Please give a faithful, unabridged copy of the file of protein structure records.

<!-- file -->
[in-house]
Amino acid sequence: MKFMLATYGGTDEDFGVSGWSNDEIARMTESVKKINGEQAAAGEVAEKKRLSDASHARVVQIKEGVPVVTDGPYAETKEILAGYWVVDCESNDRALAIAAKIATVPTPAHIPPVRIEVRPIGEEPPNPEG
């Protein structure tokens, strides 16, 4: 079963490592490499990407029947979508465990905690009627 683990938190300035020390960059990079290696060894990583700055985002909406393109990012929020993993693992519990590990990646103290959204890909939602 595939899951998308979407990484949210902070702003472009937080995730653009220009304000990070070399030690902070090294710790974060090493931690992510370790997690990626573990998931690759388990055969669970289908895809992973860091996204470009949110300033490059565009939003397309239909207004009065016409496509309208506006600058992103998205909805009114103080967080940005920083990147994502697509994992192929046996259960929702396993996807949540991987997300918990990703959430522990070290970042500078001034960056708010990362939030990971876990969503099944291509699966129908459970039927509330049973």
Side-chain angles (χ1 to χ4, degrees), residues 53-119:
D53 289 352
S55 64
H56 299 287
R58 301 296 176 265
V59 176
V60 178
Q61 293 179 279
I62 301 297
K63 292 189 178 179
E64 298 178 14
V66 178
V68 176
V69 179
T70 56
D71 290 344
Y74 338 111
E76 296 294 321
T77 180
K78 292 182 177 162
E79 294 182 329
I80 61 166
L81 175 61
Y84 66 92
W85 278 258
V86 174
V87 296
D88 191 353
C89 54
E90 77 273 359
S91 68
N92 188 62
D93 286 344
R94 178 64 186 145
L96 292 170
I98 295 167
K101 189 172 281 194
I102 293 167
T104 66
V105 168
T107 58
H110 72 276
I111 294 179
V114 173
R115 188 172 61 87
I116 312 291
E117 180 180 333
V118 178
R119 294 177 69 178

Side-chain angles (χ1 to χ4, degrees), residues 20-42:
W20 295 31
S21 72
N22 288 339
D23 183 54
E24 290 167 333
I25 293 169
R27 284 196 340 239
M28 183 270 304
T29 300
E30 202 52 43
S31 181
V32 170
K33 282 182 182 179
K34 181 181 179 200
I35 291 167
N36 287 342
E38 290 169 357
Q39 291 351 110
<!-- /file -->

[in-house]
Amino acid sequence: MKFMLATYGGTDEDFGVSGWSNDEIARMTESVKKINGEQAAAGEVAEKKRLSDASHARVVQIKEGVPVVTDGPYAETKEILAGYWVVDCESNDRALAIAAKIATVPTPAHIPPVRIEVRPIGEEPPNPEG
């Protein structure tokens, strides 16, 4: 079963490592490499990407029947979508465990905690009627 683990938190300035020390960059990079290696060894990583700055985002909406393109990012929020993993693992519990590990990646103290959204890909939602 595939899951998308979407990484949210902070702003472009937080995730653009220009304000990070070399030690902070090294710790974060090493931690992510370790997690990626573990998931690759388990055969669970289908895809992973860091996204470009949110300033490059565009939003397309239909207004009065016409496509309208506006600058992103998205909805009114103080967080940005920083990147994502697509994992192929046996259960929702396993996807949540991987997300918990990703959430522990070290970042500078001034960056708010990362939030990971876990969503099944291509699966129908459970039927509330049973």
Side-chain angles (χ1 to χ4, degrees), residues 53-119:
D53 289 352
S55 64
H56 299 287
R58 301 296 176 265
V59 176
V60 178
Q61 293 179 279
I62 301 297
K63 292 189 178 179
E64 298 178 14
V66 178
V68 176
V69 179
T70 56
D71 290 344
Y74 338 111
E76 296 294 321
T77 180
K78 292 182 177 162
E79 294 182 329
I80 61 166
L81 175 61
Y84 66 92
W85 278 258
V86 174
V87 296
D88 191 353
C89 54
E90 77 273 359
S91 68
N92 188 62
D93 286 344
R94 178 64 186 145
L96 292 170
I98 295 167
K101 189 172 281 194
I102 293 167
T104 66
V105 168
T107 58
H110 72 276
I111 294 179
V114 173
R115 188 172 61 87
I116 312 291
E117 180 180 333
V118 178
R119 294 177 69 178

Side-chain angles (χ1 to χ4, degrees), residues 20-42:
W20 295 31
S21 72
N22 288 339
D23 183 54
E24 290 167 333
I25 293 169
R27 284 196 340 239
M28 183 270 304
T29 300
E30 202 52 43
S31 181
V32 170
K33 282 182 182 179
K34 181 181 179 200
I35 291 167
N36 287 342
E38 290 169 357
Q39 291 351 110